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Old 12-05-2015, 10:59 AM
 
Location: here
24,839 posts, read 30,070,624 times
Reputation: 32396

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The 2015 Top 200 Environmental Firms 1-100

Here's a list of environmental firms.
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Old 12-05-2015, 12:31 PM
 
1,183 posts, read 760,021 times
Reputation: 3403
army corps of engineers.
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Old 12-05-2015, 01:18 PM
 
3,141 posts, read 1,450,449 times
Reputation: 2394
Quote:
Originally Posted by deposite View Post
Some really harsh replies here.
Her degree isn't completely useless.

I agree.


Your daughter could work as a geologist. Her major may not have exactly been 'geology' but environmental science involves plenty of geology courses for sure. So when she is looking for jobs, she can type in geologist as well and that should produce more results. As Retire in MB stated, energy usually attracts these kinds of majors but as the industry is down (oil is on my mind), she should consider water/wastewater treatment (inspectors) as Goin' Coastal stated.


jambo101, you said that your daughter has a degree...I'm assuming it is a bachelor's? Because jobs aren't as easy to find now as they were a few years ago in her field, she may have to consider going for her master's degree if that is possible. She will find that a master's is usually required and if not, many years of experience with a bachelor's. Going back to school may be the wisest choice for her, given that she has no experience and got her degree 3 years ago.


I wish her luck!
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Old 12-05-2015, 01:49 PM
 
34,358 posts, read 41,436,735 times
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Thanks, very helpful info.
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Old 12-05-2015, 01:57 PM
 
1,415 posts, read 796,196 times
Reputation: 2252
Quote:
Originally Posted by jambo101 View Post
Her problem is she doesnt know what to do with it ,doesnt know what job categories to apply for.
Shes been out of school for 3 years now and has been working as a non emergency dispatch operator for the local city, she finds the job boring and wants to move on..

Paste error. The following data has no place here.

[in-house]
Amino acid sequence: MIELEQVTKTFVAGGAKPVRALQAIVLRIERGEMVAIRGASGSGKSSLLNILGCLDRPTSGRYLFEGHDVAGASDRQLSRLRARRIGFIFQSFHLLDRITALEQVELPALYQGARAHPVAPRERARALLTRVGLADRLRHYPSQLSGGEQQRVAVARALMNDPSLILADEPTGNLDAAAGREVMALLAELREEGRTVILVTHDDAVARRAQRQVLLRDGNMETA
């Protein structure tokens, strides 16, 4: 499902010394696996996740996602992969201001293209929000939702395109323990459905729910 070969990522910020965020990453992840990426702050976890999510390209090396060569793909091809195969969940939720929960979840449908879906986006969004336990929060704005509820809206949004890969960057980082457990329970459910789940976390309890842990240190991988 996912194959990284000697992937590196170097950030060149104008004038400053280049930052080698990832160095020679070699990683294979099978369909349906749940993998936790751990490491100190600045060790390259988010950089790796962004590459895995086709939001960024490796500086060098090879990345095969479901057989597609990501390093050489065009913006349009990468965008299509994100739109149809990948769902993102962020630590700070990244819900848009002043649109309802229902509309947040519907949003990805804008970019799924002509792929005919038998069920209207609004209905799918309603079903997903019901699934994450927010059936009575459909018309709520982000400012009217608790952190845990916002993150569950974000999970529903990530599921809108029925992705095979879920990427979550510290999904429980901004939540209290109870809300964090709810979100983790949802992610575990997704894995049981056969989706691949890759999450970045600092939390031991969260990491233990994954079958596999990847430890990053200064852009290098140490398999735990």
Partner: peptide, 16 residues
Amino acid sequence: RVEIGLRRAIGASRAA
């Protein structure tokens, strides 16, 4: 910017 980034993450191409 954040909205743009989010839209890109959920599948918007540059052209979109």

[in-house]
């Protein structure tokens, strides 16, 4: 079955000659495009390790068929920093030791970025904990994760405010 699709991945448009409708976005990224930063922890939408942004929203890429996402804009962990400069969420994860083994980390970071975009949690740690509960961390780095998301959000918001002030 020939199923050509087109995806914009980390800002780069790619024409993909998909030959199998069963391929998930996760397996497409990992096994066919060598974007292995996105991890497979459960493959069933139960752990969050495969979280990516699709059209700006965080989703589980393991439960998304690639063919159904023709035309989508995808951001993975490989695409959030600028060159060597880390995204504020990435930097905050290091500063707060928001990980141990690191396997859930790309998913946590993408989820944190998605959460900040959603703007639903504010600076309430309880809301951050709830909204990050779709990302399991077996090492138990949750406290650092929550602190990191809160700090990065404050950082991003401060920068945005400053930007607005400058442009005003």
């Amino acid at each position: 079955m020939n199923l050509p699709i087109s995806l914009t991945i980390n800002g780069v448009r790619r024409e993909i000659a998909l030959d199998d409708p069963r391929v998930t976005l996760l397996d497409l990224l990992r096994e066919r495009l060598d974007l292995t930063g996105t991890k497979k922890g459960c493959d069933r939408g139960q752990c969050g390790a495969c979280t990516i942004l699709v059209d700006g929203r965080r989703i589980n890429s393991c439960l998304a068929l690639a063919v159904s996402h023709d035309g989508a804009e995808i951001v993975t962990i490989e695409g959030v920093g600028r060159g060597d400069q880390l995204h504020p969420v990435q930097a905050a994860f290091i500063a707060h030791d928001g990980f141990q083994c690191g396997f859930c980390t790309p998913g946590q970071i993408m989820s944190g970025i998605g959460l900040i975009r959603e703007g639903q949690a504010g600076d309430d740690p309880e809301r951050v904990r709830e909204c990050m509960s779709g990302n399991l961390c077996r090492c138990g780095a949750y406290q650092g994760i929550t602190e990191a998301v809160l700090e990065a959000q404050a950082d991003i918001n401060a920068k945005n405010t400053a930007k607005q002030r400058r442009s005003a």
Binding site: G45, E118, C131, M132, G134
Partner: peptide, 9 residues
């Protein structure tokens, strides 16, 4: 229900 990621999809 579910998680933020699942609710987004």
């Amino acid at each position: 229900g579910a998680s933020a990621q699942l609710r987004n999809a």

Any suggestions to help her out?

1) don't quit her job. She is still quite employable as long as she remains employed

2) environmental consulting firms.

3) state departments of Environment, or Ecology, or Fish and Game, Natural Resources, or Health, or Transportation (and others) all hire many Env Sci majors in a wide variety of positions.

4) definitely volunteer. She can call any place that looks attractive to her and ask if there are volunteer opps. This will really help her; even if they don't have a volunteer opp currently, they might have one soon or they might have a job opening soon. When I was a junior I called the local Forest Service office looking for volunteer opps. They gave me a job intstead.

5) go to the local employment office and take free classes on resumes, interviews and job searches
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Old 12-05-2015, 02:07 PM
 
Location: Eureka CA
8,239 posts, read 11,104,689 times
Reputation: 12557
Why are YOU making this inquiry? Why isn't your daughter doing it herself? If she's not motivated, you can't live her life for her.
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Old 12-05-2015, 02:10 PM
 
Location: NYC
12,889 posts, read 8,730,792 times
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Finding your 1st career related job is the most important process in anyone's career development. You may work those 1-2 jobs that are completely unrelated but it gives you skills towards the next job that could be your longest one.